Ballroom Realness: a Ball Culture Interview with Kiki Scene Star Mother Eve Unbothered Cartier

                                                                                                                                        by Patrik Gallineaux

On Saturday, December 15th GLOSS presents CecilRussel’s POSE Winter Party and Runway Competition, inspired by the critically acclaimed television hit “Pose”, which has brought the incredibly dynamic and diverse-and until this point, largely underground- ball culture scene to a mass audience.  It did not take long for Gloss to discover that not just anyone can add the word “Ball” to an event, and as such the POSE Winter Party is admittedly NOT a ballroom scene competition, but rather an “only-in San Francisco” fun take on a glittery runway dance-off.  However, Gloss could not be more thrilled than to be able to feature on December 15th a spectacular guest performer and a true star of the Kiki ballroom scene, Mother Eve UnbotheredCartier (aka Julian 007).   We had the chance to sit down with Mother Eve for a little education.

Q:  Thank you for joining us, Mother Eve Unbothered Cartier!  How did you get involved in the ball community?

A:  In 2009 I was 17 and fresh out of high school, and I had a cousin who would go to the LGBT center in Oakland where all the girls would go and practice & have balls at.  I was a fresh face, and someone scouted me out and asked if I was in a house; all of this was new to me, so when the question was asked I said, “Yes, I live with my mother”.   It was funny because they had to break it down to me what they actually meant.

Q:  I recently attended my first ball ever, the House of Garcon 10 year anniversary Ball in Washington DC, and was absolutely blown away by the fierceness, excitement, and production.  What makes balls so competitive?  And so fierce?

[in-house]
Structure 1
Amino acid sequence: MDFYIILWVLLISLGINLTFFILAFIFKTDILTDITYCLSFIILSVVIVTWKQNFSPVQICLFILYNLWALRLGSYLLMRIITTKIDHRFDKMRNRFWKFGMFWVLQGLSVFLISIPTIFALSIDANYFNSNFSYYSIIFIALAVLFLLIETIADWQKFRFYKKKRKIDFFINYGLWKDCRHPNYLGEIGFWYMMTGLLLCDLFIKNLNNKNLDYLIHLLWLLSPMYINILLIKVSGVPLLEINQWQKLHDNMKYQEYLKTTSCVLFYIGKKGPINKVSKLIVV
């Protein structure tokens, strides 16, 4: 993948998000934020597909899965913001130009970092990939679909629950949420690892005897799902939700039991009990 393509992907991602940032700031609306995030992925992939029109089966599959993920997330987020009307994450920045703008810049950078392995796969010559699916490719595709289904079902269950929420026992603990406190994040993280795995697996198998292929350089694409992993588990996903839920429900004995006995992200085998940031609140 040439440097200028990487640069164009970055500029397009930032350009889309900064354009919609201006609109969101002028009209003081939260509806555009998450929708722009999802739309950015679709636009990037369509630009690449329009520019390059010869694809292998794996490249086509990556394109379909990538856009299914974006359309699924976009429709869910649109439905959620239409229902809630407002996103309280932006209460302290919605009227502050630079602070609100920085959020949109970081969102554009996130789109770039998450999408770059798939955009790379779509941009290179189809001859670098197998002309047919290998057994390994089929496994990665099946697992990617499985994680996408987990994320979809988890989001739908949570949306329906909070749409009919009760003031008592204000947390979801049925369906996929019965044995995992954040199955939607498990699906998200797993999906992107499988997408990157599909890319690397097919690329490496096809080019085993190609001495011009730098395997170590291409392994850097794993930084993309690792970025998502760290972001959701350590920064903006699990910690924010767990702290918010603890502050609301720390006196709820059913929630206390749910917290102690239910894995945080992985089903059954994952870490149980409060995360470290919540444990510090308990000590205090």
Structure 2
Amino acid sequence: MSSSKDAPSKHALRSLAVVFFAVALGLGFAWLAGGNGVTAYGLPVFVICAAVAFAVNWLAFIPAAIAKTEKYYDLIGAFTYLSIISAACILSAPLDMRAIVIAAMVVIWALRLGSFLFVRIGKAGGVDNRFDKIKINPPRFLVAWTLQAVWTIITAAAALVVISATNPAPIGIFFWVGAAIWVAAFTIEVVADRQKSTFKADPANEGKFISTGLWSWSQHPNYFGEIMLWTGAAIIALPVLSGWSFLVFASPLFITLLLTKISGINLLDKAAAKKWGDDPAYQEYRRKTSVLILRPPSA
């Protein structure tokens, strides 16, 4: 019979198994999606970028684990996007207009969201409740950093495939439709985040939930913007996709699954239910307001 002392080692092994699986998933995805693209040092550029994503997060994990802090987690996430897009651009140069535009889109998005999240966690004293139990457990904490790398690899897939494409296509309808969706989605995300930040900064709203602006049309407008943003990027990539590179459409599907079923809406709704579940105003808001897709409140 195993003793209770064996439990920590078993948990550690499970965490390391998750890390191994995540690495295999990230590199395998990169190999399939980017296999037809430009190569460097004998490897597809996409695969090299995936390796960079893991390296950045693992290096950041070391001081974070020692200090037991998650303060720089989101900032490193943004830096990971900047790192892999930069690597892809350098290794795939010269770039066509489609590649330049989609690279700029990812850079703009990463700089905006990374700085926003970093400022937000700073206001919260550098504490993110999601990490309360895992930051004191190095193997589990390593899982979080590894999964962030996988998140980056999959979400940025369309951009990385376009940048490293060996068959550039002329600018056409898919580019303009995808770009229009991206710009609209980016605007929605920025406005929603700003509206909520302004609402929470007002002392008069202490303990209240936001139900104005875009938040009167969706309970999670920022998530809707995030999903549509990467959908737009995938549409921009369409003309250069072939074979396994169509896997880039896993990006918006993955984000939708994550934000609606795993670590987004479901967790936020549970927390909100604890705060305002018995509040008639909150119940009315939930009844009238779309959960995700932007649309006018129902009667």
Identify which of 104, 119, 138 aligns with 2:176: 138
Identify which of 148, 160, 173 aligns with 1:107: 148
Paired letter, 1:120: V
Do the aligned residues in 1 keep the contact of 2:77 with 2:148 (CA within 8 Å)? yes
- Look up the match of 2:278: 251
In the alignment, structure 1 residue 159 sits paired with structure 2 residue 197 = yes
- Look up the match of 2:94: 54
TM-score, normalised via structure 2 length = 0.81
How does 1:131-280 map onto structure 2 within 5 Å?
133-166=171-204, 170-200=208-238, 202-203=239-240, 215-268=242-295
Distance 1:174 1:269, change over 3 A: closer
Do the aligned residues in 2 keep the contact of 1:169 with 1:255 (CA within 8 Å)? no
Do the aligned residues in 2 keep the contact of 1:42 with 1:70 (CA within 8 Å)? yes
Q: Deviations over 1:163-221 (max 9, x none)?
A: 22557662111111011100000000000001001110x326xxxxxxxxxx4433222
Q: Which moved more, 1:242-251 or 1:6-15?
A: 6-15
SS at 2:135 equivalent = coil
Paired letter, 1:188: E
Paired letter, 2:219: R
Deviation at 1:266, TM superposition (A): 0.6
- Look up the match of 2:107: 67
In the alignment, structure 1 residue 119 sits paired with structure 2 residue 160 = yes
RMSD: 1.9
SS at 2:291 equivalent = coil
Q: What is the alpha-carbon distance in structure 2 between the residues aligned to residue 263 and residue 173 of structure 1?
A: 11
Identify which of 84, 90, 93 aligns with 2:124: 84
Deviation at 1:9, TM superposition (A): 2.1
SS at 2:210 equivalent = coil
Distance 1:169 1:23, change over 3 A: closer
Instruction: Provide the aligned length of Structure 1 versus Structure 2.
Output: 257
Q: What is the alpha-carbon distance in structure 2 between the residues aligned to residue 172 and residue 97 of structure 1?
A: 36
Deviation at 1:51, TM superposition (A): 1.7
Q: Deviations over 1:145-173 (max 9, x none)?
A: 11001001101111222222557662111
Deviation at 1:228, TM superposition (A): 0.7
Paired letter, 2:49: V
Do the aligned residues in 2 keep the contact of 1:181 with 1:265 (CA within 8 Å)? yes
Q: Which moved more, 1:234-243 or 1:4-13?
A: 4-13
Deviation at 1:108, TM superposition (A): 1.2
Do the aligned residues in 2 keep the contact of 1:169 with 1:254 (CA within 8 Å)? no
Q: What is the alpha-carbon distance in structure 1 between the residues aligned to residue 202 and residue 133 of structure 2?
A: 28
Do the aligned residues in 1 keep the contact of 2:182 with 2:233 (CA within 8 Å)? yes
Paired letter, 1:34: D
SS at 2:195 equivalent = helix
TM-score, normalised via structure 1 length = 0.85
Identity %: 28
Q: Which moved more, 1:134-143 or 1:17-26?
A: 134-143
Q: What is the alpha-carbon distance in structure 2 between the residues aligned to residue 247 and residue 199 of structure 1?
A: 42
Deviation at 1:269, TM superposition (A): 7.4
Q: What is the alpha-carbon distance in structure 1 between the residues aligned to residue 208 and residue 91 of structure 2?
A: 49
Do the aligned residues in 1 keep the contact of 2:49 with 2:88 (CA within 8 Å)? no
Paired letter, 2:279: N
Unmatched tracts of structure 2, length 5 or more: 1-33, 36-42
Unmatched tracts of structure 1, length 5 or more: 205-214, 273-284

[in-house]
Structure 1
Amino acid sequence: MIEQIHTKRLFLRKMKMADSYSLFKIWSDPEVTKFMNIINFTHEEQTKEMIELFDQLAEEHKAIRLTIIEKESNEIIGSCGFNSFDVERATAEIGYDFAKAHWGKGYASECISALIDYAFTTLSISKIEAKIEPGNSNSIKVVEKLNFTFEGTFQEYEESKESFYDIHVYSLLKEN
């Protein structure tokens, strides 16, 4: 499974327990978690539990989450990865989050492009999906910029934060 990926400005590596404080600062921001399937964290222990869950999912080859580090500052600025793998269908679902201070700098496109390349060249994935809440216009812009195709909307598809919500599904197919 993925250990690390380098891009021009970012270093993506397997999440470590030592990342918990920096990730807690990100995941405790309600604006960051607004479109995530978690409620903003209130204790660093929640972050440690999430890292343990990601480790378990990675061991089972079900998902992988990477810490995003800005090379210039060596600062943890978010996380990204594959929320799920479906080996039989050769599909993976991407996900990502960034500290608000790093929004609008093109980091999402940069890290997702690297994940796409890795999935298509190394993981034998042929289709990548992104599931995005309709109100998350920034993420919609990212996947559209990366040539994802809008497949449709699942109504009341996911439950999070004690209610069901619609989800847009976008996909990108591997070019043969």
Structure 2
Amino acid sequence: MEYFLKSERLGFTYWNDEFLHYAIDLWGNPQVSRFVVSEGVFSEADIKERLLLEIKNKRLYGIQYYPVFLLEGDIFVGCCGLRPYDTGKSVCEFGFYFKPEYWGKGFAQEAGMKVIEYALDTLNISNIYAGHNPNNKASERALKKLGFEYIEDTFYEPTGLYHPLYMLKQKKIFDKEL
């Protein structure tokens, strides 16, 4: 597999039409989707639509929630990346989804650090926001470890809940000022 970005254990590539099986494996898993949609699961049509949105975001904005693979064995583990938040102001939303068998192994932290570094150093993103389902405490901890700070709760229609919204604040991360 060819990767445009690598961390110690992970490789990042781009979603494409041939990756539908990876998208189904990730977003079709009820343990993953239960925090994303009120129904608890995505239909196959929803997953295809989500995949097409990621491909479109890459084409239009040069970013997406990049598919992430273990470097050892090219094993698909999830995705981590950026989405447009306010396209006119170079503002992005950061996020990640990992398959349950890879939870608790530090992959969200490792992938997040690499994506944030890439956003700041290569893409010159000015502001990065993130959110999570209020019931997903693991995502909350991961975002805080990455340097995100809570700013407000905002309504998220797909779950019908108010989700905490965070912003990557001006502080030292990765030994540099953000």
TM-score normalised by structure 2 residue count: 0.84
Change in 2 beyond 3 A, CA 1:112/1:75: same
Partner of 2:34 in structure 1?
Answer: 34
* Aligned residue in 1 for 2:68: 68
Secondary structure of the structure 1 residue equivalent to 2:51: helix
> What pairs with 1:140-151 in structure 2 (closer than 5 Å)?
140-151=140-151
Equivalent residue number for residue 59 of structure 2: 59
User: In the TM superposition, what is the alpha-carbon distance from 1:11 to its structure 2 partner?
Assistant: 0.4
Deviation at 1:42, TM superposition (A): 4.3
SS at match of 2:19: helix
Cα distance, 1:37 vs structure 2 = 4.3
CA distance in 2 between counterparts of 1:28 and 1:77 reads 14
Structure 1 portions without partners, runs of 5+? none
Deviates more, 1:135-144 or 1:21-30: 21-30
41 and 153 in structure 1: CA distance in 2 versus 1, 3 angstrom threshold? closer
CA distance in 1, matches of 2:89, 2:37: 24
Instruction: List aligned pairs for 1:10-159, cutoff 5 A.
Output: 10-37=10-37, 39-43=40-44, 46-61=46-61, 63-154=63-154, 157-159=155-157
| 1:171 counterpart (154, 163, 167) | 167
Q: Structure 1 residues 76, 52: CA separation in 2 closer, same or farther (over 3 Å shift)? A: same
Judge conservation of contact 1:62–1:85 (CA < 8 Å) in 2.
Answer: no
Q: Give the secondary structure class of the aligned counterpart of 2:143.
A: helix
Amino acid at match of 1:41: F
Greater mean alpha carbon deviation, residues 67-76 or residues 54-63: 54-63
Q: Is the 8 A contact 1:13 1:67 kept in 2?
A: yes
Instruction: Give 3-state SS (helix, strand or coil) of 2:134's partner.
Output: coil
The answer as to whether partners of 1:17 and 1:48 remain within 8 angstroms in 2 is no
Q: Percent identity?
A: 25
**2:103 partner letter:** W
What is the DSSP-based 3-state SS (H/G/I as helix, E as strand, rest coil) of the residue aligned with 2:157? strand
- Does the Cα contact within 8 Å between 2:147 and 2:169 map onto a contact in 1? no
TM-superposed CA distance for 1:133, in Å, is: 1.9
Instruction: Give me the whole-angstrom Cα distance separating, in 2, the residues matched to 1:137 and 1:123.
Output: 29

A:  The passion people have about ballroom, and the talent they carry, comes from not having an outlet to express themselves.   Ballroom allows individuals to be free, and to express their feelings whether it’s joy, rage, or sadness.   It all depends on the individual; for some people this is a hobby, and for others this is their life.To me, what make things fierce is when you go up against people who challenged you to go outside the box. No one wants an easy win; well, at least I don’t.

Q:  How important is dance to ball culture?  Does one need to be a trained dancer to participate?

A:  Surprisingly, you don’t have to be a trained dancer.  I’ve met individuals who knew nothing about voguing but and over a few months picked it up quickly.  However, individuals who are trained indifferent styles of dancing such as ballet, modern, African are better with picking up faster and incorporate that into their vogue.  But if you would want to get out there and perform the right way without being chopped, learn the basic elements to voguing and practice them at home.  I myself am self-taught.

Q: We are so happy to have you as a special guest at the POSE Winter Dance and Runway Competition to bring some ballroom realness to an event admittedly NOT representing the authentic ball scene (although we are excited to work with the ball community to present a true mini-ball in 2019).  GLOSS learned quite a lesson recently, when despite good intentions it got “chopped” pretty quickly by the ball community for originally calling the Winter event “Pose Winter Ball”.   Can you explain why this caused such a reaction, and more importantly, did I just use the word “chopped”correctly?

A:  Not everything is realness!   The reason why there was so much backlash on this event is because, over the period of time recently that ballroom has been made public on social media and TV including “Pose”, “America’s Best Dance Crew”, “Star”,etc, a lot of individuals have been starting to profit off of a culture that was originally just a safe underground space for people of color to feel accepted and welcomed, embraced and loved. We are inclusive to other races of course, but mainly this scene’s focal point has always been trans women of color and people of black & Latin descent; other races were originally rarely seen.  Also, the fact that the categories were not properly broken down into proper ballroom terminology didn’t make sense <for an event that initially called itself a “Ball”>.   

And yes, you did use the word chopped correctly.  Gloss got chopped (laughs)!

Q:  Why do you think there is suddenly such a huge interest in the ball culture?